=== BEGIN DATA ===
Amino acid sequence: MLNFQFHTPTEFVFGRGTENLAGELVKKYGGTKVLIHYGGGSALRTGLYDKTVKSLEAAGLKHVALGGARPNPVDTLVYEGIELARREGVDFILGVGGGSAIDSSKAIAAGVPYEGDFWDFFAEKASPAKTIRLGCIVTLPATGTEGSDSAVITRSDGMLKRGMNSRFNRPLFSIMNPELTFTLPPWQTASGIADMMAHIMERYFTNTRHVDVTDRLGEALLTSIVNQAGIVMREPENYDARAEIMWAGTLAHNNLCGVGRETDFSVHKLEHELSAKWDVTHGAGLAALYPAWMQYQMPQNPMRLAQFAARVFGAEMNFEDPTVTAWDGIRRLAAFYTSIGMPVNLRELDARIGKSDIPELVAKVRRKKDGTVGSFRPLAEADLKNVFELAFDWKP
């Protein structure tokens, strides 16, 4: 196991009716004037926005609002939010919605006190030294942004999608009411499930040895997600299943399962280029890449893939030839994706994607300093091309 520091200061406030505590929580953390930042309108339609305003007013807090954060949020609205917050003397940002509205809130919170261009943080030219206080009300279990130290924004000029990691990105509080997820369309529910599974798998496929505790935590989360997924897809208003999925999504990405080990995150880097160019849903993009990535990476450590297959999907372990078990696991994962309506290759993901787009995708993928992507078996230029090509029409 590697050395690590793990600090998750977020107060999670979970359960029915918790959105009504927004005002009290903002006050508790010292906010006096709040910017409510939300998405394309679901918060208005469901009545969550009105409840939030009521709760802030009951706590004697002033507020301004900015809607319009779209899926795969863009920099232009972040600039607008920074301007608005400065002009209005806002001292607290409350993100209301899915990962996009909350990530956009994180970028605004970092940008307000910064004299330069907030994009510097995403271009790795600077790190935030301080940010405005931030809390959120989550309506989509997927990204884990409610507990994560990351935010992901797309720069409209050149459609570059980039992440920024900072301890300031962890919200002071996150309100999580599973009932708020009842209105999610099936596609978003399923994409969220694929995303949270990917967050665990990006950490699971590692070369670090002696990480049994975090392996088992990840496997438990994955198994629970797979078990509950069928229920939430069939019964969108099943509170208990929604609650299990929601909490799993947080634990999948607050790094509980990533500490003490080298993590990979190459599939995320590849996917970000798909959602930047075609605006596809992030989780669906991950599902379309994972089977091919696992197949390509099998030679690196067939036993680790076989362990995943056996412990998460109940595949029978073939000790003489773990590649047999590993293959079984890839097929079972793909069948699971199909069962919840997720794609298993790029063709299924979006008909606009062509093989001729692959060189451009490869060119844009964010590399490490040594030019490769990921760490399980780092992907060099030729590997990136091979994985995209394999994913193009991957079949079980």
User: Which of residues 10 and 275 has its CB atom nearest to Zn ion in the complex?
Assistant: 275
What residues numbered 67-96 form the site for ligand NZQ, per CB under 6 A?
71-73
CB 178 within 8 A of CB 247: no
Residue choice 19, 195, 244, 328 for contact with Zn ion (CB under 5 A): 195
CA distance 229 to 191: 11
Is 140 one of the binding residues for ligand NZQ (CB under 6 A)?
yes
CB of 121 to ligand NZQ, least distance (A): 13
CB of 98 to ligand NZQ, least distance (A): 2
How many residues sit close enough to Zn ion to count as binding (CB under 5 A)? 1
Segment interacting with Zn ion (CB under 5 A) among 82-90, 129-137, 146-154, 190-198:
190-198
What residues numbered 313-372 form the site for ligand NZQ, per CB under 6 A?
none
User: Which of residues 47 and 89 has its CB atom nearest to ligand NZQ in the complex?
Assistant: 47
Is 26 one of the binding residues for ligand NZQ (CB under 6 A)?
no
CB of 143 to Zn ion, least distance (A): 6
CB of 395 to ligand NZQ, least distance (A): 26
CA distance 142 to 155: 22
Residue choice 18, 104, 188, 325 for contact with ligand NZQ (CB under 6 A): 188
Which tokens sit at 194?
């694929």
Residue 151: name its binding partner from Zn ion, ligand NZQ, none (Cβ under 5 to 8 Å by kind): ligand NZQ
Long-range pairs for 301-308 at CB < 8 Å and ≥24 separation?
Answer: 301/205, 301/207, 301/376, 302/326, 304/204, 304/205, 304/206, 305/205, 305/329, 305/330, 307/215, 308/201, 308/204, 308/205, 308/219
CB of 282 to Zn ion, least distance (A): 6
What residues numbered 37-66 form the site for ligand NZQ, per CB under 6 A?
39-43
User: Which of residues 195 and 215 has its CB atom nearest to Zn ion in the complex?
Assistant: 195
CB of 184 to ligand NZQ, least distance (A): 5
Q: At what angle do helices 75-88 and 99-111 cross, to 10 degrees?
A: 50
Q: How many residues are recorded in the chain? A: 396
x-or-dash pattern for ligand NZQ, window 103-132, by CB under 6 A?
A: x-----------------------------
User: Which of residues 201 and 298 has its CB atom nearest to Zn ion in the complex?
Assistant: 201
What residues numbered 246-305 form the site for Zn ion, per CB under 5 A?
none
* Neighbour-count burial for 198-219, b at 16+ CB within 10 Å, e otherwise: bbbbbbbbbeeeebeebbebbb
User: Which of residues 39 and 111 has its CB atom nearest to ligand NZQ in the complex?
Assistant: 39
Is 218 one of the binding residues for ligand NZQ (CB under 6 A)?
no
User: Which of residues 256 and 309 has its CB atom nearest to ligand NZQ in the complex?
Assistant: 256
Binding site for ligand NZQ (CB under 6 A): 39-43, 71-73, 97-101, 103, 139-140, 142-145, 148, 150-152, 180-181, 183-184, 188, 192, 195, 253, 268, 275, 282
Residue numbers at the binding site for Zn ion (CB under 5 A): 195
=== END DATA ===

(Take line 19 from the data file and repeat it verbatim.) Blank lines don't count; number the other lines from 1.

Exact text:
User: Which of residues 47 and 89 has its CB atom nearest to ligand NZQ in the complex?